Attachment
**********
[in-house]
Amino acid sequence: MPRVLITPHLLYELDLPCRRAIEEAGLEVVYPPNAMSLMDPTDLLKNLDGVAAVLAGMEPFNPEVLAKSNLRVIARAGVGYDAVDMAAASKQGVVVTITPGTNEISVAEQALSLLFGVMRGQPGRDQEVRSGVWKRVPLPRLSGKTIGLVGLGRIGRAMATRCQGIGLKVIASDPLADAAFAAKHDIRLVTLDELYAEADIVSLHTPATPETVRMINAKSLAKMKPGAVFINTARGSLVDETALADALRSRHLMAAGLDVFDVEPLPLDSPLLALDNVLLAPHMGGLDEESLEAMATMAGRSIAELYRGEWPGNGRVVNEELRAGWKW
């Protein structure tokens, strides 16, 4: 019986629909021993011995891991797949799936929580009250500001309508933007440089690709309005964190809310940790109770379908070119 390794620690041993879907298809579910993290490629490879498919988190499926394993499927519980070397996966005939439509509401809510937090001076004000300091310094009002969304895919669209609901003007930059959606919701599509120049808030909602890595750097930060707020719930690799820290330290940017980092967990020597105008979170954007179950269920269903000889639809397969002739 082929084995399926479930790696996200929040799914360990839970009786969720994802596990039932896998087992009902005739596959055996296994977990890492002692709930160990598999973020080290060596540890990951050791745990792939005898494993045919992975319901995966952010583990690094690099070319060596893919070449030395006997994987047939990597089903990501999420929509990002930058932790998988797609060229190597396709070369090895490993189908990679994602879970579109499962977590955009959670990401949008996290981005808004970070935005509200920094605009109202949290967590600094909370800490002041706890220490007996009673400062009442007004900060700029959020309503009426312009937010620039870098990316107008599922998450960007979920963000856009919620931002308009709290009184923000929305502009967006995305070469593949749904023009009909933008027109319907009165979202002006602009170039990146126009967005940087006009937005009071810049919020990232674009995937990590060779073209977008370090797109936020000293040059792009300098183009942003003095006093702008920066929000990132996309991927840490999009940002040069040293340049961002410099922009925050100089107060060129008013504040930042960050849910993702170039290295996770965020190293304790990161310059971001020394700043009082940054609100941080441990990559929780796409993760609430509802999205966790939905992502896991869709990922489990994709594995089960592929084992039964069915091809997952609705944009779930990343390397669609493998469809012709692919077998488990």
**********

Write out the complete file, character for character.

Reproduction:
[in-house]
Amino acid sequence: MPRVLITPHLLYELDLPCRRAIEEAGLEVVYPPNAMSLMDPTDLLKNLDGVAAVLAGMEPFNPEVLAKSNLRVIARAGVGYDAVDMAAASKQGVVVTITPGTNEISVAEQALSLLFGVMRGQPGRDQEVRSGVWKRVPLPRLSGKTIGLVGLGRIGRAMATRCQGIGLKVIASDPLADAAFAAKHDIRLVTLDELYAEADIVSLHTPATPETVRMINAKSLAKMKPGAVFINTARGSLVDETALADALRSRHLMAAGLDVFDVEPLPLDSPLLALDNVLLAPHMGGLDEESLEAMATMAGRSIAELYRGEWPGNGRVVNEELRAGWKW
């Protein structure tokens, strides 16, 4: 019986629909021993011995891991797949799936929580009250500001309508933007440089690709309005964190809310940790109770379908070119 390794620690041993879907298809579910993290490629490879498919988190499926394993499927519980070397996966005939439509509401809510937090001076004000300091310094009002969304895919669209609901003007930059959606919701599509120049808030909602890595750097930060707020719930690799820290330290940017980092967990020597105008979170954007179950269920269903000889639809397969002739 082929084995399926479930790696996200929040799914360990839970009786969720994802596990039932896998087992009902005739596959055996296994977990890492002692709930160990598999973020080290060596540890990951050791745990792939005898494993045919992975319901995966952010583990690094690099070319060596893919070449030395006997994987047939990597089903990501999420929509990002930058932790998988797609060229190597396709070369090895490993189908990679994602879970579109499962977590955009959670990401949008996290981005808004970070935005509200920094605009109202949290967590600094909370800490002041706890220490007996009673400062009442007004900060700029959020309503009426312009937010620039870098990316107008599922998450960007979920963000856009919620931002308009709290009184923000929305502009967006995305070469593949749904023009009909933008027109319907009165979202002006602009170039990146126009967005940087006009937005009071810049919020990232674009995937990590060779073209977008370090797109936020000293040059792009300098183009942003003095006093702008920066929000990132996309991927840490999009940002040069040293340049961002410099922009925050100089107060060129008013504040930042960050849910993702170039290295996770965020190293304790990161310059971001020394700043009082940054609100941080441990990559929780796409993760609430509802999205966790939905992502896991869709990922489990994709594995089960592929084992039964069915091809997952609705944009779930990343390397669609493998469809012709692919077998488990």